Yuma Proving Grounds, Arizona - There are many now-underway tactical adjustments being pursued by the Army as it adapts to new technologies and seeks to transform into a new era of warfare. Among these are the drones, lightning-fast sensing and shooting, air-ground-sea-space attack coordination, and lots of networked weapons systems.
“I think what you are going to see is really the depth and range of the battlefield. It will be a joint-forces fight across hundreds and thousands of miles,” Gen. James McConville, Chief of Staff of the Army, told me during Project Convergence 2020 at Yuma Proving Grounds, Ariz.
The live fire event, which included drone-to-drone networking, AI-enabled sensor-to-shooter pairing in seconds, satellite targeting, drone-fired missiles, direct-fire armored vehicle attacks and long-range destruction of enemy air defenses, was intended to experiment with transformational forms of nearly instant targeting and multi-domain networking.
“We believe we are going to be contested in every single domain which will change how we operate, not just on land but in the sea, air, cyber and space. We will be operating cross-domain. If you look at some of the systems we have, they are going to operate on the ground, they are going to operate in the air and some of them are going to be dependent upon space to get the effects that we need,” McConville said.
The exercise demonstrated an ability to close the targeting loop or decision cycle from detection to fire from as long as twenty minutes down to twenty seconds. One particular innovation enabling this was not only manned-unmanned teaming, but unmanned-unmanned teaming wherein a Gray Eagle drone networked with a forward operating mini-drone called Air Launched Effects. This, as Army leaders described, extended the range, scope and target envelope for attack missions well beyond “line of sight” and what service leaders described to me as the “visibility line.” Moreover, Gen. John Murray, Commanding General of Army Futures Command, told The National Interest that more drone-drone operations we planned in coming years.
“You saw unmanned-unmanned teaming with two air vehicles that were completely autonomous. We are going to continue to expand that. Next year, we are looking at four and then we will continue to scale that up,” Murray said at Project Convergence in Yuma.
Many of these experiments, and the results they yielded, are aligned with specific sequences or phased-progressions intended to characterize emerging Combined Arms Maneuver approaches. First, space, aerial and extended sensing will “penetrate” an enemy perimeter to establish context and targeting, then long-range precision fires will “disintegrate” or destroy key assets. For example, this could mean destroying enemy air-defenses or troop fortifications before ground platforms could engage in “direct fire” attacks. These phases explored in Project Convergence were explained by one of its coordinators, Brig. Gen. Ross Coffman, Director, Next Generation Combat Vehicles Cross Functional Team, Army Futures Command.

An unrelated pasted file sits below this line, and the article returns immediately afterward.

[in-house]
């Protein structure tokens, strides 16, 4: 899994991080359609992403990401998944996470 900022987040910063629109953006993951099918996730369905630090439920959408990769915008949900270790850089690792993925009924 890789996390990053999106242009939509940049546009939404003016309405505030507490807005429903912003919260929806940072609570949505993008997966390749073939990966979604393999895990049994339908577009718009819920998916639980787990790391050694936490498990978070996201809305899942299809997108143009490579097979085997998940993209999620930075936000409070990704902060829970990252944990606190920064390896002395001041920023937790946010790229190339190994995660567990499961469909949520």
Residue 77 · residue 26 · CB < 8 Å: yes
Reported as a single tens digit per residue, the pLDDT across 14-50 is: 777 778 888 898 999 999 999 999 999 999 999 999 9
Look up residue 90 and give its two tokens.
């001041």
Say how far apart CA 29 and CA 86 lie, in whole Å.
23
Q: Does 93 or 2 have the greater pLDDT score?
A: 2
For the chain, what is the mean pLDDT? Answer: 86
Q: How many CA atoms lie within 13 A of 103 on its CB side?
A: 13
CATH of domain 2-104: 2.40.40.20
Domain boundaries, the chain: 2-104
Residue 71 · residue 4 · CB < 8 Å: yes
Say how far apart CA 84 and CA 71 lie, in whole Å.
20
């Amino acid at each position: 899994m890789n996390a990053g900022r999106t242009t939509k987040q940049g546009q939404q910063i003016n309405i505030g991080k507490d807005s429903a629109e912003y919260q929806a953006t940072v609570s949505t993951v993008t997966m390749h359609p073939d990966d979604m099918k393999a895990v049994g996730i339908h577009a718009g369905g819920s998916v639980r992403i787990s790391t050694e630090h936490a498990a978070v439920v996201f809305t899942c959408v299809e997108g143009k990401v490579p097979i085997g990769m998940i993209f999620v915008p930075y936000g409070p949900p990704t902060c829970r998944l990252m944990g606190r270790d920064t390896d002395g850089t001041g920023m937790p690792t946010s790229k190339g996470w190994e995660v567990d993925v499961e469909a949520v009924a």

A big difference with how warfare is expected to evolve into the future is not only added range, new arenas such as cyber and space and multi-domain attack, but simply the “speed of war.”
This is the fundamental concept informing Project Convergence. The goal is to get ahead of an enemies’ decision cycle. Detect, Track and Destroy targets faster than an enemy can. New networking, new domains and artificial intelligence are all centered upon this premise, which places a premium on the need to gather, organize and disseminate information to attack and close with an enemy at lightning speed.
“In many cases, the less humans are involved, the faster you are going to go. However when you are talking about a lethal decision, there will always be a human involved,” Murray.
McConville cited several future warfare scenarios to further illustrate how long range weapons, advanced sensing and AI-enabled targeting will introduce new warfare tactics.
“Perhaps there is an unmanned vehicle at the front of the formation. With the sensors and video that comes back, you are going to see as if you were actually there. You could be under armor but when you look left and look right you don’t see the armor because of the way the sensors are set up… or you could be a lead aircraft going through an integrated air and missile defense network and, because of the way the technology is set up, you feel like you are there without physically being there. These are the types of things that are going to change the way we do business in the future,” McConville told me.
Kris Osborn is the defense editor for the National Interest. Osborn previously served at the Pentagon as a Highly Qualified Expert with the Office of the Assistant Secretary of the Army—Acquisition, Logistics & Technology. Osborn has also worked as an anchor and on-air military specialist at national TV networks. He has appeared as a guest military expert on Fox News, MSNBC, The Military Channel, and The History Channel. He also has a Masters Degree in Comparative Literature from Columbia University.